06:05am Tuesday 24 October 2017

New Insight into Aging Lungs

Nan Johnson

VCU School of Engineering

Rebecca L. Heise, Ph.D., in the VCU Department of Biomedical Engineering and Angela Marie Reynolds, Ph.D., in the VCU Department of Mathematics and Applied Mathematics, along with Ramana Pidaparti, Ph.D., in the VCU Department of Mechanical and Nuclear Engineering, are working to develop a multiscale hybrid mathematical model to help prevent ventilator-induced injury and inflammation in an aged lung.

“We want to try to understand how the cells in the lungs respond to the mechanical forces of breathing,” Heise said. “We’re putting different parameters of the math model together to help clinicians use the correct ventilator settings on patients to help prevent lung injuries that occur due to the ventilator.”

Rebecca Heise works with Sagar Patel, a biomedical engineering graduate student. Photo by Doug Buerlein

The researchers are combining models at the cellular, tissue and organ level to determine the levels of inflammation in an aged lung that has ventilator-induced inflammation.

Heise is conducting lab experiments using stretched aged and non-aged lung cells. Her cell and tissue research mimics a lung injury similar to a critically ill patient.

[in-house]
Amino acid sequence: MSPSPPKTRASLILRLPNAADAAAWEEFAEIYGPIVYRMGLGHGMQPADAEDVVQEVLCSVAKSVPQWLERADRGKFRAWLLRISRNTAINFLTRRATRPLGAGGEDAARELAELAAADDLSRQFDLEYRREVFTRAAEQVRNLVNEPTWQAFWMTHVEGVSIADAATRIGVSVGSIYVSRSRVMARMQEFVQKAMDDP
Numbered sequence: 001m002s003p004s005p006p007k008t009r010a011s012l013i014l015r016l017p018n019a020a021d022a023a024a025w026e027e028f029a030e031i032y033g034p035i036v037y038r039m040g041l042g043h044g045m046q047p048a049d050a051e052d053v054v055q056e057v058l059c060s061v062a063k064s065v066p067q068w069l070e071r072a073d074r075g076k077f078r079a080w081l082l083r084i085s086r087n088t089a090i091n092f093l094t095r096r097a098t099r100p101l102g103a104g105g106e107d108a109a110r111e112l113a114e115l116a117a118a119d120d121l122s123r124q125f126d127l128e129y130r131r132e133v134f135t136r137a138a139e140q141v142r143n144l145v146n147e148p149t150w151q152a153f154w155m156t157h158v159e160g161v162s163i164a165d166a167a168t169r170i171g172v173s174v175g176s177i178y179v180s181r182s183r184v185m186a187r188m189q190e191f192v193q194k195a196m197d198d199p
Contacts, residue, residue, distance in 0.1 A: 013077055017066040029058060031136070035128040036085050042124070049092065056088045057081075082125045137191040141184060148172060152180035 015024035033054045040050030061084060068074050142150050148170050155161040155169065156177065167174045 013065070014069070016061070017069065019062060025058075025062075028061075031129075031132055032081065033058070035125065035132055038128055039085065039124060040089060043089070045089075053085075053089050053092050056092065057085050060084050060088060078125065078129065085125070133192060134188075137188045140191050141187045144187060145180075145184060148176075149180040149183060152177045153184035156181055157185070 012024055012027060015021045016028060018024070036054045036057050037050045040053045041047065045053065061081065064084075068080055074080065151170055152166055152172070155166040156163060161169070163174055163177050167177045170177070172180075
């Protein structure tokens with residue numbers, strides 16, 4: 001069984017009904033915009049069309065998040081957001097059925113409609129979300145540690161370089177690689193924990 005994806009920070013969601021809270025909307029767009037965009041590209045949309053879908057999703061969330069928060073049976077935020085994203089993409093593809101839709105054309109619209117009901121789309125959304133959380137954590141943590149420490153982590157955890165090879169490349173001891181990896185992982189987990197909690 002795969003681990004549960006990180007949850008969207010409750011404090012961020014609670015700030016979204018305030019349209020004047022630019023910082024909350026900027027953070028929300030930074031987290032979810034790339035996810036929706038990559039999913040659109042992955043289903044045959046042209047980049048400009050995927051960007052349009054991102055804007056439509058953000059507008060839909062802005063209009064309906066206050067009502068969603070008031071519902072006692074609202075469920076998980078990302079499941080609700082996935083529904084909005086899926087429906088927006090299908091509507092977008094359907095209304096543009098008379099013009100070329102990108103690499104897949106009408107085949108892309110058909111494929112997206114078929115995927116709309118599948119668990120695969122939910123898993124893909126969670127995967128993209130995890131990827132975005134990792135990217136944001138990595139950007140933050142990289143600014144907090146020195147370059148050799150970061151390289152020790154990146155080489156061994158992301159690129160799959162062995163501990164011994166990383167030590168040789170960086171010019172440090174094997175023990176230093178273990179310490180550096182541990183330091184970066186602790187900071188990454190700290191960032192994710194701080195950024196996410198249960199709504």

“The model itself will be among the first of its kind by trying to incorporate the whole body,” said Heise. “I think that’s what is unique about this project – it’s the multiscale nature. From the cellular level to the whole body. It’s a pretty complex project where our mathematical modeling and the actual experiments go hand in hand. Collaboration is definitely a big component.”

Heise and Pidaparti are both faculty members in the VCU School of Engineering, while Reynolds is on the faculty of the College of Humanities & Sciences.

Until the team began their research, there was no existing data on the aging of lung cells.

“A lot isn’t known about the precise mechanisms of lung injuries in older people. Part of what we’re trying to understand is how the multiscale model would work for a healthy lung and then see how that changes with age. We’ll uncover some interesting questions about how the lung is aging and how cells respond differently,” Heise said.

The work, she said, is grounded in the end result: a scenario in which a critical care doctor can safely ventilate an elderly patient without causing injury. “It’s an exciting time to be at VCU.”

Incidences of respiratory failure impact approximately 1 in 3,000 U.S. residents with mortality rates of approximately 40 percent. The majority of patients receiving mechanical ventilation are the elderly whose respiratory systems fail to function due to various lung and airway diseases, such as acute respiratory distress syndrome and asthma. 

Joan Izzo
VCU School of Engineering
(804) 827-3984
jlizzo@vcu.edu


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